Strange things are happening in Google search results. The company has announced “an experimental new podium” called Google Posts, where the tech giant can directly add curated content in a post-Google+ world.
These posts are embed directly into the search results, offering a home to orphaned Google+ posts as the social platform has been recently stripped out in various apps and standalone features. This is one of them, and the reactions are mixed.
If you access Google.com/posts – the page Google has created for this feature – you’ll see the company describes the experiment as a way to “hear directly from the US presidential candidates in real time on Google.”
That might make some sense until you see that Andrew Jewelers from Buffalo, New York, has a profile on Google Posts, and you realize you haven’t heard of him in relation to any presidential campaign.
According to Google’s landing page, this “experiment” has only been made available to the 2016 US presidential candidates, but those of us who don’t run for office are offered the possibility of joining a waitlist. Sometime in the future, Google hopes to make the platform available to “other prominent figures and organizations.”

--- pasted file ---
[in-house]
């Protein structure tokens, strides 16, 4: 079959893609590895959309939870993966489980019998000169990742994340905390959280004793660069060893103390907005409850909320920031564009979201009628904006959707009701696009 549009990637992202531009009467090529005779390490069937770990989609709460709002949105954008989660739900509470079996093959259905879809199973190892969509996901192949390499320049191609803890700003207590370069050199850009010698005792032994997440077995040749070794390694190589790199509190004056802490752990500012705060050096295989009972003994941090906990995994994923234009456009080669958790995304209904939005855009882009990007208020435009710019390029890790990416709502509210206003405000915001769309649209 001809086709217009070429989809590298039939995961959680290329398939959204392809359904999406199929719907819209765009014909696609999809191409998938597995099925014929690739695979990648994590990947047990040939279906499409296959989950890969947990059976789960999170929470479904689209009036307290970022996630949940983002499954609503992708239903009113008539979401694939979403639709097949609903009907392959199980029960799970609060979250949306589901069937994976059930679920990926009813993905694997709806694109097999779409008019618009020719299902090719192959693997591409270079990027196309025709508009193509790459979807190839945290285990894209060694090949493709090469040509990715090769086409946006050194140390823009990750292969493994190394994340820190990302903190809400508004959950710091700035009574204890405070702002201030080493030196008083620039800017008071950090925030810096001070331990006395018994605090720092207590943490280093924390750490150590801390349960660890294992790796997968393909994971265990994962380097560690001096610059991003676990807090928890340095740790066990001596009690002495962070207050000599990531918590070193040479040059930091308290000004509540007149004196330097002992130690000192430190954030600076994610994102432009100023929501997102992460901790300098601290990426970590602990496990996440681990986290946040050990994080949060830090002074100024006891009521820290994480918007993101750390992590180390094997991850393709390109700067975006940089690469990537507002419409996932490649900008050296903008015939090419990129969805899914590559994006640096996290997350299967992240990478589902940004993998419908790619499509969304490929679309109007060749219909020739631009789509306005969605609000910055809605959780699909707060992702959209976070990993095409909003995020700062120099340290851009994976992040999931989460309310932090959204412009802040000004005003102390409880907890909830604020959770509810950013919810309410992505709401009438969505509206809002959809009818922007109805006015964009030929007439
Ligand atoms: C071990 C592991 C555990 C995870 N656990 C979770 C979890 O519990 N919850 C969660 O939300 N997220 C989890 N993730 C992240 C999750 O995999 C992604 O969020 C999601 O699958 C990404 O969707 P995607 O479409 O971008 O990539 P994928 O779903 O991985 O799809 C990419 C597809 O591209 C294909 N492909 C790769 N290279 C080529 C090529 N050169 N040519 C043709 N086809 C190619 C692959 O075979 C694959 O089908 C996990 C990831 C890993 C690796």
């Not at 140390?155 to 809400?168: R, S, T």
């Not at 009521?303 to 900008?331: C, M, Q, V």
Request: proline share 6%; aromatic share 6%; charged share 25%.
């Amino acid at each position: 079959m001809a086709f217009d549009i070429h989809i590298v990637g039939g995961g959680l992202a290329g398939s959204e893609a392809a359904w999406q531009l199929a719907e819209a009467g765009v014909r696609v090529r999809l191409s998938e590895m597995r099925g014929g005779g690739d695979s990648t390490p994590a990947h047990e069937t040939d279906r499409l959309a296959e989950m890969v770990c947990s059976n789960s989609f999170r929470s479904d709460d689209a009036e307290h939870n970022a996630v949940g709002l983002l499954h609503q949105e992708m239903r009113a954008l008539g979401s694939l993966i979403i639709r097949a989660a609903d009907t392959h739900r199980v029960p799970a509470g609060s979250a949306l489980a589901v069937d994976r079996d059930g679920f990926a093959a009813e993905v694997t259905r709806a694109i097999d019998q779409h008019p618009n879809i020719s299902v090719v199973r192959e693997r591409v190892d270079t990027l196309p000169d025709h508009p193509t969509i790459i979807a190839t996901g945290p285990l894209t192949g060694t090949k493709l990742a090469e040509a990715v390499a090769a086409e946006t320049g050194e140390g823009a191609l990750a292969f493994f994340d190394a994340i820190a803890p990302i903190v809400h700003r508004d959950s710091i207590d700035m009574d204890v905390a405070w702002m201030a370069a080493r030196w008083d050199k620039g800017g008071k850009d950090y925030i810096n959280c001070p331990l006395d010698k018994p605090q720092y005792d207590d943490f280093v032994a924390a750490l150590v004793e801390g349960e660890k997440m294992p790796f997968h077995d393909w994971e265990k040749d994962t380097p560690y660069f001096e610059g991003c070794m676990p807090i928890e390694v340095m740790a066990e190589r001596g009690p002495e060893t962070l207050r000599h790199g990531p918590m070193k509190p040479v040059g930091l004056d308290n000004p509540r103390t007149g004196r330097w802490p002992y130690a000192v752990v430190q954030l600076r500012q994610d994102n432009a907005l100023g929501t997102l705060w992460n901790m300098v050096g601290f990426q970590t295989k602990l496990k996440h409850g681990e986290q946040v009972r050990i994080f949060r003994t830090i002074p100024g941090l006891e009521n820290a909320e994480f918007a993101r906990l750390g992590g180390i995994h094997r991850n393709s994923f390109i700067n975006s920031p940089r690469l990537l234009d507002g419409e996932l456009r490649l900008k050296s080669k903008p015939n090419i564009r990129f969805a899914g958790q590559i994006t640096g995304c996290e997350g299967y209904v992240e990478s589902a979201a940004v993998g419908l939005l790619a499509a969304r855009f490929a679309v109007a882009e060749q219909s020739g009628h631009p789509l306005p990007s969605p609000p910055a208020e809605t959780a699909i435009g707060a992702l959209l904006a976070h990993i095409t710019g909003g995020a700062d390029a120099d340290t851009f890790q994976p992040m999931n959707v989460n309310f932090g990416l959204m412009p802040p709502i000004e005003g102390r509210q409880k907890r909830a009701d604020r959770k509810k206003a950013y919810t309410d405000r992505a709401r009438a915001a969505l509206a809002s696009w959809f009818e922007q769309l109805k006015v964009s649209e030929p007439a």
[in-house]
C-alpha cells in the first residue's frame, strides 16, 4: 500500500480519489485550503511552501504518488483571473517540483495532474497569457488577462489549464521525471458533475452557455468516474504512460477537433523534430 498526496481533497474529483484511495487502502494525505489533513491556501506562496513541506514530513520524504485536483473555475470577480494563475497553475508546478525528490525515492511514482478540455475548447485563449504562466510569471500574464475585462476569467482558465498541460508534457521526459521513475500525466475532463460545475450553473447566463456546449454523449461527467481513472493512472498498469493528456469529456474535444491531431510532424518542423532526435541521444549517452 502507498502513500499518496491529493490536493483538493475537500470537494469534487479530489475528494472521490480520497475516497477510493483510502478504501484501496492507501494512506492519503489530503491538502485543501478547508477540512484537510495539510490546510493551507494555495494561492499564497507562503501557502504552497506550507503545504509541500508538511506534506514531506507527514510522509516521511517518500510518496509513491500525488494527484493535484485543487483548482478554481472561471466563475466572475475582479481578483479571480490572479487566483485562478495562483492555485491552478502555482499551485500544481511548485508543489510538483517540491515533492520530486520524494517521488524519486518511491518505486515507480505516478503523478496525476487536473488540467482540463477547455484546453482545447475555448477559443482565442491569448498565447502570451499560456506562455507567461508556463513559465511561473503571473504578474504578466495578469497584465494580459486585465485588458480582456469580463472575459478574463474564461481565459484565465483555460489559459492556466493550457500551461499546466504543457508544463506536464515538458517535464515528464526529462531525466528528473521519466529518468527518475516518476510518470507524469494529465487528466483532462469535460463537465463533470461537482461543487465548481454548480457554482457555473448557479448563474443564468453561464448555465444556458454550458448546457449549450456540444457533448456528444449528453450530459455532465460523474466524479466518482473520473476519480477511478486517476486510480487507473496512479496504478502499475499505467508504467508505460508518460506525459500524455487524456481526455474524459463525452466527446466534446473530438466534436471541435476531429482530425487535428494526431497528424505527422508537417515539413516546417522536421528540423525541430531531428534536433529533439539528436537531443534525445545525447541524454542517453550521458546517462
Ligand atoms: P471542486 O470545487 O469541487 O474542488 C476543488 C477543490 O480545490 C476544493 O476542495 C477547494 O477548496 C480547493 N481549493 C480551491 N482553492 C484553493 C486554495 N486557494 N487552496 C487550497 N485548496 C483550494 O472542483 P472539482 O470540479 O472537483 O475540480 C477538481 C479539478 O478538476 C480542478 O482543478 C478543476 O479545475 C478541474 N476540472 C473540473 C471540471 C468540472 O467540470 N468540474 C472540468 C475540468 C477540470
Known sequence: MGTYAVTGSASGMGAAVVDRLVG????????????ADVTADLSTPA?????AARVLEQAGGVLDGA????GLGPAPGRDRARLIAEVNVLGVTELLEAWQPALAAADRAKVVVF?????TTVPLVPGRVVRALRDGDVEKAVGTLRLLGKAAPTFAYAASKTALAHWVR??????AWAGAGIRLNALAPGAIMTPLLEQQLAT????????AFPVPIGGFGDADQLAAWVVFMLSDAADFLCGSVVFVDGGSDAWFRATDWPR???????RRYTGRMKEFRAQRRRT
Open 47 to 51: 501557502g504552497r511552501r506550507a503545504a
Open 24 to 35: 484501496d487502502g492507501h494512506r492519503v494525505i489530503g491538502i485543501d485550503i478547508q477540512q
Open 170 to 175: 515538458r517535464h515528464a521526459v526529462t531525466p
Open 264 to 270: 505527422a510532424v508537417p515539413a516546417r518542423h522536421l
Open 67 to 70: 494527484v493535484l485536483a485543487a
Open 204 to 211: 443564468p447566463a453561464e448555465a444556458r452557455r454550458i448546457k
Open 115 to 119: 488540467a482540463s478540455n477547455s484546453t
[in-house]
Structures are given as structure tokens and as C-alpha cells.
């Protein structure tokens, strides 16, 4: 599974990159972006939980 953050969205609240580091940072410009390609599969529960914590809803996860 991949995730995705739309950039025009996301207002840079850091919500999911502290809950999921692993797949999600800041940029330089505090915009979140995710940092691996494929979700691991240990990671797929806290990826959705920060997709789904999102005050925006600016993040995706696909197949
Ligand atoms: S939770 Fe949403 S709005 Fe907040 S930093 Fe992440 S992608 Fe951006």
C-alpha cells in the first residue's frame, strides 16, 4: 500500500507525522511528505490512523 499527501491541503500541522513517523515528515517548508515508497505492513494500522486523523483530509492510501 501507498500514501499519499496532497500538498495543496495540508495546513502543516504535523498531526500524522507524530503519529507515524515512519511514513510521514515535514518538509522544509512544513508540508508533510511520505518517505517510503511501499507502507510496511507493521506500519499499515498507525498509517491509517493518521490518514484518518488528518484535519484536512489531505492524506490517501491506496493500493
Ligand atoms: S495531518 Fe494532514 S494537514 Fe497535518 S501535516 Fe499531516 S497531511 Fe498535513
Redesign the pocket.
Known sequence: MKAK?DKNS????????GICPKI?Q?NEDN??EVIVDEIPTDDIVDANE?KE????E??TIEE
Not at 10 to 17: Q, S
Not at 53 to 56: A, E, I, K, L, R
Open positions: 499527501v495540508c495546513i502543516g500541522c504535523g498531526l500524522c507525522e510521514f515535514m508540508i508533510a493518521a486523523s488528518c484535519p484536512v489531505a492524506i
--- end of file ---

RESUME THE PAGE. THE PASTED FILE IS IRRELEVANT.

In spite of the company’s careful wording (avoiding any “social” and “network” terms), this Google Posts thing feels and looks a lot like a Google+ reboot – but just for brands. The comment section was stripped out, and you don’t have the possibility to search for of follow brands that have Google Posts.
After you take out all of the old Google+ features, you’re left with profiles, posts, and sharing pictures and videos – all of which will only be visible to you and me if we search for something relevant on Google.
These posts can show up in two forms; either as a horizontal carousel right in the middle of search results, or like a collapsed answer box. All the posts are labeled with “On Google” and feature a blue “verified” checkmark, which means they are directly from the subject.
Used by presidential candidates or by brands, Google Posts seems to be ultimately a place where Google can directly host its content. Hopefully for the search giant, it will feature more “evergreen” content, not just the latest social media posts.
We imagine brands – celebrities, companies, etc. – are thrilled about the “no comments” part; it’s like a one-way social network allowing them to feed us their latest news. So far, Google Posts is just an experiment; things might look differently once the waitlist starts being fulfilled.
Image Source: The Next Web